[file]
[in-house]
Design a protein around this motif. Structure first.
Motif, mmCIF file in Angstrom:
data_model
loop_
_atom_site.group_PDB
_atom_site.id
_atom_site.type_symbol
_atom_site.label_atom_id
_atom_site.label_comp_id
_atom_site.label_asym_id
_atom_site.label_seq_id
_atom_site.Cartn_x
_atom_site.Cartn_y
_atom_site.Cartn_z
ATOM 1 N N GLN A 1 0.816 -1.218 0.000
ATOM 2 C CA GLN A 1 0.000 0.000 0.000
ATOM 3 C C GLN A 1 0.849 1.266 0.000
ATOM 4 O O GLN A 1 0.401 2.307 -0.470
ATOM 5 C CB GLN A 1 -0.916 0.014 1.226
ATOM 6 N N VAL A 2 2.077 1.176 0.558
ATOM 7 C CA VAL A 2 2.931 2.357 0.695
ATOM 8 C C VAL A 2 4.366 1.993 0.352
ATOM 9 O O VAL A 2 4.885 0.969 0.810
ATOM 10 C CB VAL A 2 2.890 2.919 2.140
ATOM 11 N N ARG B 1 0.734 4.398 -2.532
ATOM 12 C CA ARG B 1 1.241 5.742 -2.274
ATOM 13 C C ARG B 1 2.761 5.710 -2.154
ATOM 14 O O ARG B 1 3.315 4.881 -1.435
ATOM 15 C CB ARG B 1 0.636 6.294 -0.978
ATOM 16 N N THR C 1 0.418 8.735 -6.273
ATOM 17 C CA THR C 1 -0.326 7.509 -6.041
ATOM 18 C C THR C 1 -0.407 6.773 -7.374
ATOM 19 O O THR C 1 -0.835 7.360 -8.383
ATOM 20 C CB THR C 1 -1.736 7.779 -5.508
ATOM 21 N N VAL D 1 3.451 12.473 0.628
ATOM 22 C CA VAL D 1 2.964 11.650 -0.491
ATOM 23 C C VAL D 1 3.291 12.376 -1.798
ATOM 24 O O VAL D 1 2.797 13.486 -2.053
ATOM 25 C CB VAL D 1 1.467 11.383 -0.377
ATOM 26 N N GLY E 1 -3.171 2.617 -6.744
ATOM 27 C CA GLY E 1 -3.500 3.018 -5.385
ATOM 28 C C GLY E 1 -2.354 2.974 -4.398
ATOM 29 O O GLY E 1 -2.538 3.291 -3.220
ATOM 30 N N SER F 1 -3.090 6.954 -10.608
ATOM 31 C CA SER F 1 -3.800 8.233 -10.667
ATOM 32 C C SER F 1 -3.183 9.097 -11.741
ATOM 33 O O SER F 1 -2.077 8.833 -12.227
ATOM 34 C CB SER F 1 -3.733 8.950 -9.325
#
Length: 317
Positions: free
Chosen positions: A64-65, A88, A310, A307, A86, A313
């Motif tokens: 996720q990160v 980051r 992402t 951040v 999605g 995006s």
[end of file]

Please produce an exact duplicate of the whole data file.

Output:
[in-house]
Design a protein around this motif. Structure first.
Motif, mmCIF file in Angstrom:
data_model
loop_
_atom_site.group_PDB
_atom_site.id
_atom_site.type_symbol
_atom_site.label_atom_id
_atom_site.label_comp_id
_atom_site.label_asym_id
_atom_site.label_seq_id
_atom_site.Cartn_x
_atom_site.Cartn_y
_atom_site.Cartn_z
ATOM 1 N N GLN A 1 0.816 -1.218 0.000
ATOM 2 C CA GLN A 1 0.000 0.000 0.000
ATOM 3 C C GLN A 1 0.849 1.266 0.000
ATOM 4 O O GLN A 1 0.401 2.307 -0.470
ATOM 5 C CB GLN A 1 -0.916 0.014 1.226
ATOM 6 N N VAL A 2 2.077 1.176 0.558
ATOM 7 C CA VAL A 2 2.931 2.357 0.695
ATOM 8 C C VAL A 2 4.366 1.993 0.352
ATOM 9 O O VAL A 2 4.885 0.969 0.810
ATOM 10 C CB VAL A 2 2.890 2.919 2.140
ATOM 11 N N ARG B 1 0.734 4.398 -2.532
ATOM 12 C CA ARG B 1 1.241 5.742 -2.274
ATOM 13 C C ARG B 1 2.761 5.710 -2.154
ATOM 14 O O ARG B 1 3.315 4.881 -1.435
ATOM 15 C CB ARG B 1 0.636 6.294 -0.978
ATOM 16 N N THR C 1 0.418 8.735 -6.273
ATOM 17 C CA THR C 1 -0.326 7.509 -6.041
ATOM 18 C C THR C 1 -0.407 6.773 -7.374
ATOM 19 O O THR C 1 -0.835 7.360 -8.383
ATOM 20 C CB THR C 1 -1.736 7.779 -5.508
ATOM 21 N N VAL D 1 3.451 12.473 0.628
ATOM 22 C CA VAL D 1 2.964 11.650 -0.491
ATOM 23 C C VAL D 1 3.291 12.376 -1.798
ATOM 24 O O VAL D 1 2.797 13.486 -2.053
ATOM 25 C CB VAL D 1 1.467 11.383 -0.377
ATOM 26 N N GLY E 1 -3.171 2.617 -6.744
ATOM 27 C CA GLY E 1 -3.500 3.018 -5.385
ATOM 28 C C GLY E 1 -2.354 2.974 -4.398
ATOM 29 O O GLY E 1 -2.538 3.291 -3.220
ATOM 30 N N SER F 1 -3.090 6.954 -10.608
ATOM 31 C CA SER F 1 -3.800 8.233 -10.667
ATOM 32 C C SER F 1 -3.183 9.097 -11.741
ATOM 33 O O SER F 1 -2.077 8.833 -12.227
ATOM 34 C CB SER F 1 -3.733 8.950 -9.325
#
Length: 317
Positions: free
Chosen positions: A64-65, A88, A310, A307, A86, A313
């Motif tokens: 996720q990160v 980051r 992402t 951040v 999605g 995006s």